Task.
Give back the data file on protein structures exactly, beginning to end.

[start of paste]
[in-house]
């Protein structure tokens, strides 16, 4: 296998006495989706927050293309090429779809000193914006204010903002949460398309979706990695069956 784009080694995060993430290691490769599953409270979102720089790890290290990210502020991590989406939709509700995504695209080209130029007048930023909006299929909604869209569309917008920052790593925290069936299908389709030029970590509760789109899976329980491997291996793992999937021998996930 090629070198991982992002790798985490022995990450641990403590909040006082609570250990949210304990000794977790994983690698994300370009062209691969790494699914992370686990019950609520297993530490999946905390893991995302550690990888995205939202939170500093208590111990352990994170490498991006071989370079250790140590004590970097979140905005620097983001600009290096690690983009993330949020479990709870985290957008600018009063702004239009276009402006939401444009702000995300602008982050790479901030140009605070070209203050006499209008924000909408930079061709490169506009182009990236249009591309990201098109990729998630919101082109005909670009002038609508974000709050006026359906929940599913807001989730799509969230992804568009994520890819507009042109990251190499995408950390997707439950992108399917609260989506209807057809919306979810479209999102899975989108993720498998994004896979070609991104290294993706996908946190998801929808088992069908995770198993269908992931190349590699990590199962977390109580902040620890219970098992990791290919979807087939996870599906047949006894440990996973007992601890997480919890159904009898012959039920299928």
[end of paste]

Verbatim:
[in-house]
């Protein structure tokens, strides 16, 4: 296998006495989706927050293309090429779809000193914006204010903002949460398309979706990695069956 784009080694995060993430290691490769599953409270979102720089790890290290990210502020991590989406939709509700995504695209080209130029007048930023909006299929909604869209569309917008920052790593925290069936299908389709030029970590509760789109899976329980491997291996793992999937021998996930 090629070198991982992002790798985490022995990450641990403590909040006082609570250990949210304990000794977790994983690698994300370009062209691969790494699914992370686990019950609520297993530490999946905390893991995302550690990888995205939202939170500093208590111990352990994170490498991006071989370079250790140590004590970097979140905005620097983001600009290096690690983009993330949020479990709870985290957008600018009063702004239009276009402006939401444009702000995300602008982050790479901030140009605070070209203050006499209008924000909408930079061709490169506009182009990236249009591309990201098109990729998630919101082109005909670009002038609508974000709050006026359906929940599913807001989730799509969230992804568009994520890819507009042109990251190499995408950390997707439950992108399917609260989506209807057809919306979810479209999102899975989108993720498998994004896979070609991104290294993706996908946190998801929808088992069908995770198993269908992931190349590699990590199962977390109580902040620890219970098992990791290919979807087939996870599906047949006894440990996973007992601890997480919890159904009898012959039920299928």